· Tracking and analytics. Each of the applications a marketer builds on these platforms has

virality built in. at means that a marketer can track how impactful each promotion is by seeing how many times the application is shared by a fan. Some of the platforms allow a marketer to include a coupon, discount, or virtual gi , which means she can easily tie her social program to a monetary result. O erpop o ers clients real-time analytics that track everything from clicks to in uence.

THINK LONG TERM WHEN SELECTING A VENDOR With any new category of vendor, interactive marketers may be tempted to choose the ones whose names they’re most familiar with or who have the slickest pitches. But these tools have the potential to truly change the way marketing teams do a large — and growing — portion of their jobs, so the selection process should be approached with the same rigor marketers apply to their search for more established vendors and agencies. Social Publishing Platforms Are Best For Marketers With Complex Social Presences Marketers should consider that publishing platforms are a good choice for marketers who:

· Have a social media ecosystem to manage. Marketers who have several Facebook pages,

multiple Twitter accounts, Flickr feeds, and blogs will bene t from having all of these accounts accessible and manageable from one central place. e increased e ciency of a single interface to accomplish so many tasks will help marketers continue to grow their presences even if they can’t grow their sta s.

· Are subject to industry regulations. Vendors in the social publishing space simplify and

automate the archiving process required in regulated industries. One nancial services organization we spoke with elded an RFP to many of the social vendors covered in this report, speci cally and exclusively to meet the burden of archiving their social content.

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Take Control Of Your Social Marketing Program
For Interactive Marketing Professionals

· Require checks and balances. Marketers that require high-level oversight of content and policies,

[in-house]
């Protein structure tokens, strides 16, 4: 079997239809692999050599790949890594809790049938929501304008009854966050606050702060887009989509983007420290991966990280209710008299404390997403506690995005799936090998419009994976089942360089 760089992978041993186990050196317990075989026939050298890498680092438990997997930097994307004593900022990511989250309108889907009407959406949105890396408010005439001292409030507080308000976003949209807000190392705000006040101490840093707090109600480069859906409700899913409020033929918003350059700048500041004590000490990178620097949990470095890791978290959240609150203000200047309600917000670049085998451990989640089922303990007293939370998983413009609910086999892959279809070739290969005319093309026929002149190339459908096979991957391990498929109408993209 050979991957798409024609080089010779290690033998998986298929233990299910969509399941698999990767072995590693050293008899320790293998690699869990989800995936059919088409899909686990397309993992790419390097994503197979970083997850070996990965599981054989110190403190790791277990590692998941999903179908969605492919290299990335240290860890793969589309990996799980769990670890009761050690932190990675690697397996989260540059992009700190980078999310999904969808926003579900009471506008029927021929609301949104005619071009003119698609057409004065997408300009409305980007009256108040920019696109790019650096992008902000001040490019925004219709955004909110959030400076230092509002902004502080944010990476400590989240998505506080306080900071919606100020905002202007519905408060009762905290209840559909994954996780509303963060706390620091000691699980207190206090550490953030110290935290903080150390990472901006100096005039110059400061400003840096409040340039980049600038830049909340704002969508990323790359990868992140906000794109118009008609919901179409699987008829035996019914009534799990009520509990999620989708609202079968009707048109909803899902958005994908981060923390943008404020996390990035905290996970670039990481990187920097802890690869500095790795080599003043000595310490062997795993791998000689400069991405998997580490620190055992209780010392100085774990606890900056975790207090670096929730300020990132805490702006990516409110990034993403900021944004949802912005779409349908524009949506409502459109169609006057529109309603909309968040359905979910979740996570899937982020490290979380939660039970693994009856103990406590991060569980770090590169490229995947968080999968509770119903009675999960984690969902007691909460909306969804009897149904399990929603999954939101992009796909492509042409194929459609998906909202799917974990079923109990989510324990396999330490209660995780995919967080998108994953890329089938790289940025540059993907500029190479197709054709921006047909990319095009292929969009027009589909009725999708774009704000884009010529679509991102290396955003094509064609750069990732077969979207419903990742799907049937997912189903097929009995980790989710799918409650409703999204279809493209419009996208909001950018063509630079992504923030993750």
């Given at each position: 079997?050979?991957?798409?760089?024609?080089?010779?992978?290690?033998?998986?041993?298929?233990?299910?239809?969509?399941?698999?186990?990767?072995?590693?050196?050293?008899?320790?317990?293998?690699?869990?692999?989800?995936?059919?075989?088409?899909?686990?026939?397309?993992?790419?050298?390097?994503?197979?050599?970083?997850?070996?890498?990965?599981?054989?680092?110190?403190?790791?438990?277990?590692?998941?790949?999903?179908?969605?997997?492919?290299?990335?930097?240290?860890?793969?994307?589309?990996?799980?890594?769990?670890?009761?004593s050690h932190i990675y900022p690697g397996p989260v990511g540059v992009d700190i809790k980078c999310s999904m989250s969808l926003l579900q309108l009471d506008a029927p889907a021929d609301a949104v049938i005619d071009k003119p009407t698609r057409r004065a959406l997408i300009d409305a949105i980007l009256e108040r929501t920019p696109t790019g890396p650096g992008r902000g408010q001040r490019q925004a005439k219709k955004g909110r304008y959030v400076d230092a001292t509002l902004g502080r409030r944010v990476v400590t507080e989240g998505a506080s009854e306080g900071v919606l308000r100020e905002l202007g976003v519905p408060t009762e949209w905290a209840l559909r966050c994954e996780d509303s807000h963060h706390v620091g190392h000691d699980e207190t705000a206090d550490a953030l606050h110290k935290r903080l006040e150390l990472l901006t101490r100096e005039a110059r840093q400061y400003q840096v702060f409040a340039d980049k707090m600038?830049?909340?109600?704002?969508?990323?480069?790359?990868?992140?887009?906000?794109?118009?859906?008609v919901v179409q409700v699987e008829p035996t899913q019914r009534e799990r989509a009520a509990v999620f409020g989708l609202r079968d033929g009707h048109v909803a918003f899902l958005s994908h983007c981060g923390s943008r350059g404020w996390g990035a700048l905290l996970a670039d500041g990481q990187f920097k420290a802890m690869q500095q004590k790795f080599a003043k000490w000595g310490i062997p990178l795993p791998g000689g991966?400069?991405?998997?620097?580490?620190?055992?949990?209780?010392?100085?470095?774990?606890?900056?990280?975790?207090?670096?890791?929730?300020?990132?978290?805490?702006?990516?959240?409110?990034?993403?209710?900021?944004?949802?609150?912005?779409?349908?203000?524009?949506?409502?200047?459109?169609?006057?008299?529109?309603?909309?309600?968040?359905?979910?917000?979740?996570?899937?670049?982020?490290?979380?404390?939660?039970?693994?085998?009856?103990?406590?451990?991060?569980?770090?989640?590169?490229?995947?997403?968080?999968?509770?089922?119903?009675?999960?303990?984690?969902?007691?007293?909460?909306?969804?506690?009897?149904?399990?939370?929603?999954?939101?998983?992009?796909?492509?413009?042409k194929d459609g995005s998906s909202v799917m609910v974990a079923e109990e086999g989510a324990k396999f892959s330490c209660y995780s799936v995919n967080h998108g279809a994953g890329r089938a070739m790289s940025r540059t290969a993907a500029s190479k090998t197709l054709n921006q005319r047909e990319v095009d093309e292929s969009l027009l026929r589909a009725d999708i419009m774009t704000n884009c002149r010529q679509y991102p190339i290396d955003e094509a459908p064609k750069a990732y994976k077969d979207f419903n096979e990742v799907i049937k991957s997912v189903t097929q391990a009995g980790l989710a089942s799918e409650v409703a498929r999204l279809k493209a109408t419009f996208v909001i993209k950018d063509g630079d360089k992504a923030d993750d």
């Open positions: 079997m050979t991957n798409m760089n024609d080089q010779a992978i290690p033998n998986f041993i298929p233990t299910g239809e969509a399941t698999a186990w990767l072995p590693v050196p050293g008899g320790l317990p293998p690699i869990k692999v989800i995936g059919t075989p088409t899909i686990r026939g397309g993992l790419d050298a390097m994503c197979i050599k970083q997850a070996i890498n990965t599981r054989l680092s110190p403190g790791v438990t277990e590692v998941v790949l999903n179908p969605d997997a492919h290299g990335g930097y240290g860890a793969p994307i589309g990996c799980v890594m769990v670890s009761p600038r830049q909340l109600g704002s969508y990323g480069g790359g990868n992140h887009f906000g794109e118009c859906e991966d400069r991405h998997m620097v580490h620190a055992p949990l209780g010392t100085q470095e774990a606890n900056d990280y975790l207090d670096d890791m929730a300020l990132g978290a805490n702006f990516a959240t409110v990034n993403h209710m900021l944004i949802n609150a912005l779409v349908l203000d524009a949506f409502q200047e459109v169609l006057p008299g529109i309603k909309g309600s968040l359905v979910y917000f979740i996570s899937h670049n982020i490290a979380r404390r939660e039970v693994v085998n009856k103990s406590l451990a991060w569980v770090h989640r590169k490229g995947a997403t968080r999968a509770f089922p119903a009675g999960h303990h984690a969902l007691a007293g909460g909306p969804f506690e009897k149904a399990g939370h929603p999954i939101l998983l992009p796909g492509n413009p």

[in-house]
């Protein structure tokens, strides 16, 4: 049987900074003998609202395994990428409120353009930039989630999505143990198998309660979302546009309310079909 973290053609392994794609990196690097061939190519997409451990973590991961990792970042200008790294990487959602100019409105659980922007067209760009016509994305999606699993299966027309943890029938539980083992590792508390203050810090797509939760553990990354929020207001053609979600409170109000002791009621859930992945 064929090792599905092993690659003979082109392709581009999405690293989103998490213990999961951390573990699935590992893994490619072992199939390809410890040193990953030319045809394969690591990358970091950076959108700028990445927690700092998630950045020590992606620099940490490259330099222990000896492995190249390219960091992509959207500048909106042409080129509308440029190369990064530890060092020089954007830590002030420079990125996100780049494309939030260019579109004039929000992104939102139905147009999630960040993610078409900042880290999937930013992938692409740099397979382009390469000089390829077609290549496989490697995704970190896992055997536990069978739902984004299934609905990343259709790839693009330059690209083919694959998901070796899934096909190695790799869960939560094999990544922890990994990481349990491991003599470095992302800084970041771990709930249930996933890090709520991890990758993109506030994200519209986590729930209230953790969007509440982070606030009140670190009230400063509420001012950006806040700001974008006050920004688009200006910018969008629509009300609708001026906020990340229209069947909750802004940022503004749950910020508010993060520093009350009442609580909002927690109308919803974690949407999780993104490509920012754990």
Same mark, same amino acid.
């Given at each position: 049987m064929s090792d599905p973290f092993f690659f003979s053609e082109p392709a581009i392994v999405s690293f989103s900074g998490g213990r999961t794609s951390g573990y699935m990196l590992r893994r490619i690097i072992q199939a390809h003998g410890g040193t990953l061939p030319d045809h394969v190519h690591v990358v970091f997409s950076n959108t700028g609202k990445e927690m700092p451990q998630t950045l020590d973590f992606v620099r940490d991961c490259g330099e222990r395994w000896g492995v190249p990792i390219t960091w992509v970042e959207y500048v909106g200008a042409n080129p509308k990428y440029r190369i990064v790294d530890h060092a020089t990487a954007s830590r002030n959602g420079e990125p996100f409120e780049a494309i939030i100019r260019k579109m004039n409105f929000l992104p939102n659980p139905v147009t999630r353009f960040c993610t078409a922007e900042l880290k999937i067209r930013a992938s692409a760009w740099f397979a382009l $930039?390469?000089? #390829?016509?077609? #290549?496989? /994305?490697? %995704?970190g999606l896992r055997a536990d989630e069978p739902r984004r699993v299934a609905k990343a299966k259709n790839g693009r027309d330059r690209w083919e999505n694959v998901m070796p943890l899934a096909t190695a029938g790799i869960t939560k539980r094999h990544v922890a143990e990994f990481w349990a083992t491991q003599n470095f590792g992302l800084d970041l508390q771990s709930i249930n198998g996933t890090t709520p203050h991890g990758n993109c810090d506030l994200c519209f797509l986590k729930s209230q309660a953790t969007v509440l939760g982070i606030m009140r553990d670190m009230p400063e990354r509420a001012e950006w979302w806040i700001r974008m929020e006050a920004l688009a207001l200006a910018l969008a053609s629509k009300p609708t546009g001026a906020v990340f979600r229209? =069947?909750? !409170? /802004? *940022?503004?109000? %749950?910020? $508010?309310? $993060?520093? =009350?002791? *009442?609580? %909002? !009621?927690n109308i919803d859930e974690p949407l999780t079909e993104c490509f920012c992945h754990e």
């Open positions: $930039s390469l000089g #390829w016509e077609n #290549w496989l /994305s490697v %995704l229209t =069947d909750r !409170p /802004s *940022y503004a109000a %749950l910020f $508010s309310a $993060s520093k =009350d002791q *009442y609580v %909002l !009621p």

and/or those who want to disseminate content from a corporate level to be used on a regional or brand level, will nd that content work ow tools are far more e cient than manual processes. Social publishing tools provide functionality that facilitates all these approval touchpoints.

Social Promotion Builders Are Best For Marketers Focused On Quick Repeatable Campaigns Social promotion builders may be the best choice for marketers who:

· Must create frequent, similar campaigns. When a promotion succeeds, it simply makes sense

to want to recreate that success with a future iteration of the program. Templatized promotions make social programs more easily repeatable than if a marketer is required to manually recreate every program every time.

· Are unable to launch timely campaigns due to frequent changes on social sites. Many

marketers who’ve built campaigns on social sites have unhappily discovered that their programs are broken due to unknown changes at the social site. Social promotion builders have unique preferred developer status with the major social networks, which means they know about upcoming changes and can adjust your campaigns behind-the-scenes, avoiding broken programs.

Select Two Best-Of-Breed Tools If You Need Both Solutions Marketers who immediately need every bell and whistle from both a social publishing platform and a social promotion builder will best have those needs met by selecting established vendors in each category. As the chart above shows, there are vendors providing tools in both areas today. However, a marketer’s choice of social publishing platform should be driven by the social sites the marketer needs to manage now and in the near future. A marketers’ choice of social promotion builder should be driven by the degree to which the particular applications o ered by the vendor meet the campaign-based, transactional needs of the marketer. e market for social management tools is still young and the vendors who o er both kinds of tools have so far emphasized development of one feature-set or the other. Look for these all-in-one vendors to have competitive feature sets in both areas over the next 12 to 18 months.